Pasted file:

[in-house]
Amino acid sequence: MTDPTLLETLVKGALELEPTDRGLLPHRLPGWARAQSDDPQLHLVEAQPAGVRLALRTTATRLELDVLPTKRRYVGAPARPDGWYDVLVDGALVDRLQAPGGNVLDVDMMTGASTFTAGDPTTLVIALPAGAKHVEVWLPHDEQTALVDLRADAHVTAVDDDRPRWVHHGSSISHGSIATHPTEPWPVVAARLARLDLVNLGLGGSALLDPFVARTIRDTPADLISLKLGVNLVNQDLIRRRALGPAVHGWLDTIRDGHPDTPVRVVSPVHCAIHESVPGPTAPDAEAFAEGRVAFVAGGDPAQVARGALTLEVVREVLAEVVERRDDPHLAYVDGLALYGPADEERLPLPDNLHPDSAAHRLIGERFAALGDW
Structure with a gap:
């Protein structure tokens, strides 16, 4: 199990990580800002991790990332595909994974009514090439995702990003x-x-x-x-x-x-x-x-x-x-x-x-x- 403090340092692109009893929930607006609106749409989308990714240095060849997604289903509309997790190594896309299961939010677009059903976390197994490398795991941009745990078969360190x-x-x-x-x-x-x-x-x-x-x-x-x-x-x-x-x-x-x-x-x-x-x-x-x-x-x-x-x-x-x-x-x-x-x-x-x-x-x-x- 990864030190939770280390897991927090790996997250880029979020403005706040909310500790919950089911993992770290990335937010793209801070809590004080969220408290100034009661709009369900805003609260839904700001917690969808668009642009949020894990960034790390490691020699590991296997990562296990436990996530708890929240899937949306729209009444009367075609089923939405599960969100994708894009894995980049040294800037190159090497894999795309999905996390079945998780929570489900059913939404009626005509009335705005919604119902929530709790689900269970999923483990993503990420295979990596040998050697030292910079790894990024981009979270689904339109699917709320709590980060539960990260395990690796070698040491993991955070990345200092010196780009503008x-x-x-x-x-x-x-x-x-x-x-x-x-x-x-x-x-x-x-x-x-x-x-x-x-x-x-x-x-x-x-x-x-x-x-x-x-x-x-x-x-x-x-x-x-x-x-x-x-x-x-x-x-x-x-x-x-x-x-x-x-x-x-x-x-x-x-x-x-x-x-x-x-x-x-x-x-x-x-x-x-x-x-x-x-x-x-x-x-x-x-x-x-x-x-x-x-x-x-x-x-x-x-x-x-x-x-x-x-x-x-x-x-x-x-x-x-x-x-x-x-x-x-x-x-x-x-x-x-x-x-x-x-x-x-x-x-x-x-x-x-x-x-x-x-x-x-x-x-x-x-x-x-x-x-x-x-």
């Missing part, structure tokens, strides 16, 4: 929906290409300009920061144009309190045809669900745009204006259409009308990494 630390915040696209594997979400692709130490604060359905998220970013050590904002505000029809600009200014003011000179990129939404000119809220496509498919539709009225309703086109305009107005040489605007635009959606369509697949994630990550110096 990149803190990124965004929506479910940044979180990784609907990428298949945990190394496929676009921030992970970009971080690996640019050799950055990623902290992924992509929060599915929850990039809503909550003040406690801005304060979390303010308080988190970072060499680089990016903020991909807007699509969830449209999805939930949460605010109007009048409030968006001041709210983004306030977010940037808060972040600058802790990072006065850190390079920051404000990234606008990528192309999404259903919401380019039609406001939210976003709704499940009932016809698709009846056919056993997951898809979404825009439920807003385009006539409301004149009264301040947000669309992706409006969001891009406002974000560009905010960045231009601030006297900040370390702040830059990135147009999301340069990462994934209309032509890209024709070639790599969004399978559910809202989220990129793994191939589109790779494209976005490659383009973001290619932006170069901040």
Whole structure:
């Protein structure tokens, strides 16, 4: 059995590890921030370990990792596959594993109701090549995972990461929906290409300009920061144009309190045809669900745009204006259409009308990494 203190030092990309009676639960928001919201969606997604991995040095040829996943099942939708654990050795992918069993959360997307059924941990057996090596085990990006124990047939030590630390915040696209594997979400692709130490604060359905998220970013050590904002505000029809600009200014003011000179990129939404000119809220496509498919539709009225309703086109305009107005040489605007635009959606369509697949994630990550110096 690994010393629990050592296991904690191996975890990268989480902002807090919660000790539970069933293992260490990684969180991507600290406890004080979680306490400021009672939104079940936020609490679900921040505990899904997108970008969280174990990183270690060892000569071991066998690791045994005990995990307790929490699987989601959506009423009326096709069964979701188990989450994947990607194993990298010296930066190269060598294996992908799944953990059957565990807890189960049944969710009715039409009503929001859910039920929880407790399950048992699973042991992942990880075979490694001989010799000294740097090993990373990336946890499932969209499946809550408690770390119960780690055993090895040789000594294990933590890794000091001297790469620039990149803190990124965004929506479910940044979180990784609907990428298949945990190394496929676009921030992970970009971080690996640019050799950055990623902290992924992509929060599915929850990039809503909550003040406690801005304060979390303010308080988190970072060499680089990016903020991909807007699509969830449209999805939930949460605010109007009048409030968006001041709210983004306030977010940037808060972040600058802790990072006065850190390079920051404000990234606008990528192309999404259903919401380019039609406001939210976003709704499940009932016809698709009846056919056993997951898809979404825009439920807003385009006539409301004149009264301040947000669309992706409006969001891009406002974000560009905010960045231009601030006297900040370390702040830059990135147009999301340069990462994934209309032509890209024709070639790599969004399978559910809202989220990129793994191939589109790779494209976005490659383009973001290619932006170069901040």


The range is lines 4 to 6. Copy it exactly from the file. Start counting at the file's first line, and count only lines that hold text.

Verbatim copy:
């Protein structure tokens, strides 16, 4: 199990990580800002991790990332595909994974009514090439995702990003x-x-x-x-x-x-x-x-x-x-x-x-x- 403090340092692109009893929930607006609106749409989308990714240095060849997604289903509309997790190594896309299961939010677009059903976390197994490398795991941009745990078969360190x-x-x-x-x-x-x-x-x-x-x-x-x-x-x-x-x-x-x-x-x-x-x-x-x-x-x-x-x-x-x-x-x-x-x-x-x-x-x-x- 990864030190939770280390897991927090790996997250880029979020403005706040909310500790919950089911993992770290990335937010793209801070809590004080969220408290100034009661709009369900805003609260839904700001917690969808668009642009949020894990960034790390490691020699590991296997990562296990436990996530708890929240899937949306729209009444009367075609089923939405599960969100994708894009894995980049040294800037190159090497894999795309999905996390079945998780929570489900059913939404009626005509009335705005919604119902929530709790689900269970999923483990993503990420295979990596040998050697030292910079790894990024981009979270689904339109699917709320709590980060539960990260395990690796070698040491993991955070990345200092010196780009503008x-x-x-x-x-x-x-x-x-x-x-x-x-x-x-x-x-x-x-x-x-x-x-x-x-x-x-x-x-x-x-x-x-x-x-x-x-x-x-x-x-x-x-x-x-x-x-x-x-x-x-x-x-x-x-x-x-x-x-x-x-x-x-x-x-x-x-x-x-x-x-x-x-x-x-x-x-x-x-x-x-x-x-x-x-x-x-x-x-x-x-x-x-x-x-x-x-x-x-x-x-x-x-x-x-x-x-x-x-x-x-x-x-x-x-x-x-x-x-x-x-x-x-x-x-x-x-x-x-x-x-x-x-x-x-x-x-x-x-x-x-x-x-x-x-x-x-x-x-x-x-x-x-x-x-x-x-």
């Missing part, structure tokens, strides 16, 4: 929906290409300009920061144009309190045809669900745009204006259409009308990494 630390915040696209594997979400692709130490604060359905998220970013050590904002505000029809600009200014003011000179990129939404000119809220496509498919539709009225309703086109305009107005040489605007635009959606369509697949994630990550110096 990149803190990124965004929506479910940044979180990784609907990428298949945990190394496929676009921030992970970009971080690996640019050799950055990623902290992924992509929060599915929850990039809503909550003040406690801005304060979390303010308080988190970072060499680089990016903020991909807007699509969830449209999805939930949460605010109007009048409030968006001041709210983004306030977010940037808060972040600058802790990072006065850190390079920051404000990234606008990528192309999404259903919401380019039609406001939210976003709704499940009932016809698709009846056919056993997951898809979404825009439920807003385009006539409301004149009264301040947000669309992706409006969001891009406002974000560009905010960045231009601030006297900040370390702040830059990135147009999301340069990462994934209309032509890209024709070639790599969004399978559910809202989220990129793994191939589109790779494209976005490659383009973001290619932006170069901040």
Whole structure: